Draw Connections to Build Insights

thatDot avatar Ryan Wright

In the first post in this series, we introduced the term “3D Data” as a mnemonic and a way to think about streaming data processing that incrementally builds toward human-level data questions with the power for deep contextual explanations (e.g. “Is my system running well?”). In this post, we dive deeper into the first “D”: Draw Connections, to further explore the benefits for data analysis and the groundbreaking result for streaming computation.

Connections for Data Structure

Data is related to other data, and there is value in drawing those connections explicitly; that’s the premise. In practice, this means using edges in a graph structure to encode some of the data[1]. A Node-Edge-Node pattern in a graph corresponds to an Subject-Predicate-Object pattern in natural language. So when we talk about creating edges between nodes, it’s best think of that edge as a predicate.

Data used for edges usually comes from two sources: 1.) values given in the data itself, and 2.) tacit knowledge about what the data means.

Data values as connections

Let’s assume JSON objects are the input data format for a stream processing system. Every new object is a new piece of data to be considered by the system. If a NoSQL document store is used, then you can simply save the object as a new item in your document store. However if you do that, you will need to traverse the object to understand how it’s values are related to other objects in the store[2].

An alternative data representation would treat the JSON object as a node in a graph. The key/value pairs in the JSON object become properties on a node. But with a graph structure available, we have a new data modeling choice: an option to take a property from the JSON data and encode it as an edge to another node. The JSON key is used to create the edge label and the value is stored in the node on the other end of the edge[3]. The choice of which properties to pull out into separate nodes is a data modeling choice. So is the decision to use a single node for all occurrences of the value (i.e. from multiple different JSON objects) vs. a separate node for each occurrence of the same value.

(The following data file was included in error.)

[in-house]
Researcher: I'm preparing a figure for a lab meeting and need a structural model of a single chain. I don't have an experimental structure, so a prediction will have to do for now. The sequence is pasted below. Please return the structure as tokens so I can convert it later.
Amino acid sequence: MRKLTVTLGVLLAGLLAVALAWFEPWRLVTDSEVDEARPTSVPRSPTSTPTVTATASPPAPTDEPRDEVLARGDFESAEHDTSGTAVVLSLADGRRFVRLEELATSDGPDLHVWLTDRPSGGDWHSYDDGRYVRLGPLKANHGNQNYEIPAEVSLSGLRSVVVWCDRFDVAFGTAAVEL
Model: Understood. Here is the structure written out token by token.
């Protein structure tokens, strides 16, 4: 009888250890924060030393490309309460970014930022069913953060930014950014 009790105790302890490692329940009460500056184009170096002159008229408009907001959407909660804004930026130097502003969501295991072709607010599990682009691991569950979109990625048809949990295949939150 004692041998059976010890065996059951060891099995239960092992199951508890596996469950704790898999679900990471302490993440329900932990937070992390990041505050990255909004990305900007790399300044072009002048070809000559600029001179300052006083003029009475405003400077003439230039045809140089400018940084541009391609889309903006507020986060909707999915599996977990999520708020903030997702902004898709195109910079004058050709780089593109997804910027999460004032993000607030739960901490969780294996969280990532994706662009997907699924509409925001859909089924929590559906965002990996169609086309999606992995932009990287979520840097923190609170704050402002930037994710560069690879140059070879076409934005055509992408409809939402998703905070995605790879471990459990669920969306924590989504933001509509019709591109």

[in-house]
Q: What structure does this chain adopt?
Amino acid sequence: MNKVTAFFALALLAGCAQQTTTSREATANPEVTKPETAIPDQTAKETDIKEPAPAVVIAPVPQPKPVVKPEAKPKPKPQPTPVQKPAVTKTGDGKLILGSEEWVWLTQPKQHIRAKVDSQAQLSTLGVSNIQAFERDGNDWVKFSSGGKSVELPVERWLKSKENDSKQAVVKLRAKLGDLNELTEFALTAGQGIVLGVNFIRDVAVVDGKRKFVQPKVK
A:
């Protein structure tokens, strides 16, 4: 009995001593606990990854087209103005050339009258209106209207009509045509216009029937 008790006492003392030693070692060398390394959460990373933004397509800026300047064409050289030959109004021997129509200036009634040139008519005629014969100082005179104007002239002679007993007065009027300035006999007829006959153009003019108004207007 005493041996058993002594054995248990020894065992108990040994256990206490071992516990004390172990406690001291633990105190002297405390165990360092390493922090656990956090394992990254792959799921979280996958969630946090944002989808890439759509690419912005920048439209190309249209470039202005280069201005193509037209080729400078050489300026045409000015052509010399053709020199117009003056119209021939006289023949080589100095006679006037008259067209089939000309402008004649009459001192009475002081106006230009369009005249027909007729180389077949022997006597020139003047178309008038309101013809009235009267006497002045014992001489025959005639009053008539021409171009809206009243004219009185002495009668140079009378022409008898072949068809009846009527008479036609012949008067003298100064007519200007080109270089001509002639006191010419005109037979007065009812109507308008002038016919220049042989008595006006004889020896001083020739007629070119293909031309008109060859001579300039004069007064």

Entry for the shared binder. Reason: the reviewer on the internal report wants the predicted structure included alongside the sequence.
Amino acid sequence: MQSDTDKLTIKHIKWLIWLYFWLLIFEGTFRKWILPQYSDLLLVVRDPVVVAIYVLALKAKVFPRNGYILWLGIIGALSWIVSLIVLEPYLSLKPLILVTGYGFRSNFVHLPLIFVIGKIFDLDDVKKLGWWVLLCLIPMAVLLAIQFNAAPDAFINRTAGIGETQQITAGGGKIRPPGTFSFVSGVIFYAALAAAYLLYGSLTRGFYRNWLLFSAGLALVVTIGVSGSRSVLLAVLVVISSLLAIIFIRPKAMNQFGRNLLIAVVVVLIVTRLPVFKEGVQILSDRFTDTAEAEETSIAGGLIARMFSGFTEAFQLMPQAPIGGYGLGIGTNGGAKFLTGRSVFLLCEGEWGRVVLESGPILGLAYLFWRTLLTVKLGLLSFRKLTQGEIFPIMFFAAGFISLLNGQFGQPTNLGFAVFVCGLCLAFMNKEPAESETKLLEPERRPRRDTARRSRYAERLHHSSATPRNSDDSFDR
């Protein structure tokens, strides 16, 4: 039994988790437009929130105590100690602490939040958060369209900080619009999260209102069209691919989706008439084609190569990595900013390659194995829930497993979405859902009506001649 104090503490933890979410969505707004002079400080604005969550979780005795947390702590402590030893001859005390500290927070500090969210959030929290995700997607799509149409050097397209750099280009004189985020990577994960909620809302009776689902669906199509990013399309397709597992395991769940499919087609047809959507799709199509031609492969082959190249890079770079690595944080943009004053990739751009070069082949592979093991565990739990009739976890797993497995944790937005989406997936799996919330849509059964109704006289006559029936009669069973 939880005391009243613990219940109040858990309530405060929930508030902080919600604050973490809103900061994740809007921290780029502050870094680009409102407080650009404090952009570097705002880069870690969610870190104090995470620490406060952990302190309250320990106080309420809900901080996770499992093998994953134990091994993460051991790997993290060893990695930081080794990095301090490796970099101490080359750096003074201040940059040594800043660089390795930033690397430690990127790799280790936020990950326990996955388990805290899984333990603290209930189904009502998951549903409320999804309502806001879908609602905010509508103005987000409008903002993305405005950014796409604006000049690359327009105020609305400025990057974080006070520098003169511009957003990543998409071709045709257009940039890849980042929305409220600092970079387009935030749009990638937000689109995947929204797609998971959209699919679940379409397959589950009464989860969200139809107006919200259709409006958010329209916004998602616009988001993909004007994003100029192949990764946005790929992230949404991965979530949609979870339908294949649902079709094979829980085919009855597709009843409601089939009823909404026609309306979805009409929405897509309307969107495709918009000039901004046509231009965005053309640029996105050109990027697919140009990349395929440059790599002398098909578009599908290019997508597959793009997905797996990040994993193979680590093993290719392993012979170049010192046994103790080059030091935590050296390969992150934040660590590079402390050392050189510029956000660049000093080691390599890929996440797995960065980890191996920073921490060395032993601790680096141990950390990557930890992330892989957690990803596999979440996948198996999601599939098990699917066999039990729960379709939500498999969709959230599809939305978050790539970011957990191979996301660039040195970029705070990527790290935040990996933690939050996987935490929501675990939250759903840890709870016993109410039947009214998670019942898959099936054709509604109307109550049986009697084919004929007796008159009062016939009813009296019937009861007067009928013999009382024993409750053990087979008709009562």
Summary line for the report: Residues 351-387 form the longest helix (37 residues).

This method becomes especially interesting and powerful when applying it to nested JSON objects. Instead of each nested object treated opaquely as blob, the inner JSON object is the definition for a new collection of properties on a different node—with the edge labelled with the nested object’s key. This process can occur recursively as much as needed.

Tacit knowledge as connections

In addition to the obvious data being the source of connections between data elements, we have often found it useful to reify other assumed knowledge into specific nodes in the graph and connect them to other data. A trivial example might be to create nodes to represent the buckets of time that are relevant to the problem (days of the week, morning/afternoon/evening/night, every second, etc.), and then connect the associated data with those time buckets.

Creating a node to represent an item of tacit knowledge provides a location to store other data for relevant conclusions. Drawing conclusions from that data will be discussed more in the next post in this 3D Data series.